Predictions of a single interconnected network, referred to as the Internet of Everything (IoX), that will allow diverse sensors to interact, aren’t going to materialize, according to a recent industry report.
“Many smart applications have emerged, but they are using different networks, because customers are making independent decisions on network technology and devices — meaning the markets are growing more vertically instead of horizontally,” said Joe Madden, principal analyst, Mobile Experts.
But that doesn’t mean that the IoT industry has not matured, according to a recent report, LPWA 2018. During the last two years, IoT has moved from the chaos of having 15 competing wireless formats to the clarity of two front runners, LoRa (which stands for Long Range) for private networks and NB-IoT (Narrowband-IoT), for public networks.
“Overall, we see two major market areas emerging here, with distinct needs for private networks and other requirements for high RF performance and wide coverage,” Madden wrote in the executive summary of the report. “LoRa and NB-IoT are the big winners.”
Mobile Experts studied the economics and business cases of LTE-M versus NB-IoT, LoRa and others such as SigFox and Weightless. The group found that NB-IoT benefits from lower costs for the devices compared with LTE-M.
“LTE-M is not going to be as successful as LoRa and NB-IoT,” Madden said. “NB-IoT benefits from lower cost devices. In Canada, they promoted NB-IoT and developed lower cost chipsets than LTE-M.” The Chinese government is also playing a role in the success of NB-IoT, subsidizing devices and semiconductors. Plus, all three state-owned mobile operators are deploying nationwide NB-IoT networks.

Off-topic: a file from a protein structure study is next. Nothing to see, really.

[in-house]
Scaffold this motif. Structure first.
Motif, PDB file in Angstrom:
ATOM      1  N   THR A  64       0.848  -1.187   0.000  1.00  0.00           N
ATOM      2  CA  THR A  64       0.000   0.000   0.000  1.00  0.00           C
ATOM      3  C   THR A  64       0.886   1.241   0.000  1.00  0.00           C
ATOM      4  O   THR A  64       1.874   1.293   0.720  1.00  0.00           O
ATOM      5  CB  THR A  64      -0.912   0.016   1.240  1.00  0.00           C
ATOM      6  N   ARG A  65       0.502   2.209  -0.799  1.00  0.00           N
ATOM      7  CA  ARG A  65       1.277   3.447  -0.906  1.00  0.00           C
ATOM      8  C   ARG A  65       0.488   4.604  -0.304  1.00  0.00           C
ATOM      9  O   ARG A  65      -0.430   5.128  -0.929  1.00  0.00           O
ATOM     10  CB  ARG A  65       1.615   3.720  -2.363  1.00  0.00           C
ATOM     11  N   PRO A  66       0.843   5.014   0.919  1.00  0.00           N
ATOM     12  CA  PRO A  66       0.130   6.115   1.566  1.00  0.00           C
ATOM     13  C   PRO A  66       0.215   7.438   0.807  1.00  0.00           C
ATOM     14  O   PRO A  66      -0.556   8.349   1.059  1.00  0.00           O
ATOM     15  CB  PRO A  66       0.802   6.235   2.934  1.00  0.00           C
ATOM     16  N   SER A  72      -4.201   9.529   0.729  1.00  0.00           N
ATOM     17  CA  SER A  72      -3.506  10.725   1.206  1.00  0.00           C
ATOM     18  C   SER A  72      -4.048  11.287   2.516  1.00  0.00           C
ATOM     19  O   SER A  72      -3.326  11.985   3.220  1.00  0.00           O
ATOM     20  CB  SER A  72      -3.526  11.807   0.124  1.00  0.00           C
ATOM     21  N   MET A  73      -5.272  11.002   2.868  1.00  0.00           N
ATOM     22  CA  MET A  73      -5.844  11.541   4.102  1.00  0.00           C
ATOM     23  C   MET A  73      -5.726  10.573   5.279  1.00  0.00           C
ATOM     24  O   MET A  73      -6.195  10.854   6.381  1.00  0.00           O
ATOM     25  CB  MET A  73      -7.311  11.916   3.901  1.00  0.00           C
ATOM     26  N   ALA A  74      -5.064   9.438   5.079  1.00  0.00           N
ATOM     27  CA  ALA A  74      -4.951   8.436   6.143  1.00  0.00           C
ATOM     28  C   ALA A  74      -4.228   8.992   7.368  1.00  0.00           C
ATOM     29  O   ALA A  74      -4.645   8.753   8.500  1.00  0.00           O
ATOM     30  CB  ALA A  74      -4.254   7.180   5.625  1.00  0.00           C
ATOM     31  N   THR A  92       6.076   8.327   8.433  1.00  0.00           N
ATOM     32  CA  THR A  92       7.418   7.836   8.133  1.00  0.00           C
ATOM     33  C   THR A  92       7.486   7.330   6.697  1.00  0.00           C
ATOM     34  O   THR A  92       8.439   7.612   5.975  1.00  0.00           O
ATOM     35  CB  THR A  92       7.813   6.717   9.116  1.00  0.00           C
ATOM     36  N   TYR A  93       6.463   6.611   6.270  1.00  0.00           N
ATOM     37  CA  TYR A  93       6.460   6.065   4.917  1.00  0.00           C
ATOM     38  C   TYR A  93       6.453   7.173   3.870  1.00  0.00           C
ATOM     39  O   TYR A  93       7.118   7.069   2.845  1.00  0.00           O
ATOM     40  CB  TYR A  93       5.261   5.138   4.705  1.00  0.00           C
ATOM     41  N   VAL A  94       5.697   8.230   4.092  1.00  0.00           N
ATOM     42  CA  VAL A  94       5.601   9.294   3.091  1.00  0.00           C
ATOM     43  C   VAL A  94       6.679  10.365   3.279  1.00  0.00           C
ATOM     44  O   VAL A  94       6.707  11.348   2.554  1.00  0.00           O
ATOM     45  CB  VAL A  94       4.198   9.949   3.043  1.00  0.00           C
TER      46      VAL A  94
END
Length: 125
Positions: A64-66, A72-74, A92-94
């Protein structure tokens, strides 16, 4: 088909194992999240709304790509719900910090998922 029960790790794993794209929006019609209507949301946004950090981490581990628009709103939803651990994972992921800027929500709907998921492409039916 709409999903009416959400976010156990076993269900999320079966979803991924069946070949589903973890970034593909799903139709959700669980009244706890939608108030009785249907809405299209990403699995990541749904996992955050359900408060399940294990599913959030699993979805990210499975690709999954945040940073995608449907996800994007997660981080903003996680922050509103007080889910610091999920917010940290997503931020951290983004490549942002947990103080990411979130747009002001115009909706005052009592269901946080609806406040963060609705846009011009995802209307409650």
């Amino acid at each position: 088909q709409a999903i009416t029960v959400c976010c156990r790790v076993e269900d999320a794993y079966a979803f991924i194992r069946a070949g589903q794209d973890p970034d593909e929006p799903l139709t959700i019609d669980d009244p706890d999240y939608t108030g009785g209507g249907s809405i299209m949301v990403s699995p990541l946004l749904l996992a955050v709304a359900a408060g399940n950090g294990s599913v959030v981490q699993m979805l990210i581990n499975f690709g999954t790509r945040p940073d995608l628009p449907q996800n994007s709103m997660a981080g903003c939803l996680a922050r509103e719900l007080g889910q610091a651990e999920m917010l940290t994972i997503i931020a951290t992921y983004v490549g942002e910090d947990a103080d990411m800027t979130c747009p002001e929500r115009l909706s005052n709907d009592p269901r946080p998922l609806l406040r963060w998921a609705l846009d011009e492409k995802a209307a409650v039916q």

Regardless of RF performance, Madden said that some technologies are favored because they allow enterprises to own and operate their own networks.
“This gives LoRa a major boost, along with a few other unlicensed technologies that focus on specific vertical markets,” he wrote. “LoRa takes best advantage of the private-network business model because of its open ecosystem and good RF/battery performance.”
For more information on LPWA 2018, visit here.
J. Sharpe Smith
J. Sharpe Smith joined AGL in 2007 as contributing editor to the magazine and as editor of eDigest email newsletter. He has 29 years of experience writing about industrial communications, paging, cellular, small cells, DAS and towers. Previously, he worked for the Enterprise Wireless Alliance as editor of the Enterprise Wireless Magazine. Before that, he edited the Wireless Journal for CTIA and he began his wireless journalism career with Phillips Publishing, now Access Intelligence. Sharpe Smith may be contacted at: firstname.lastname@example.org.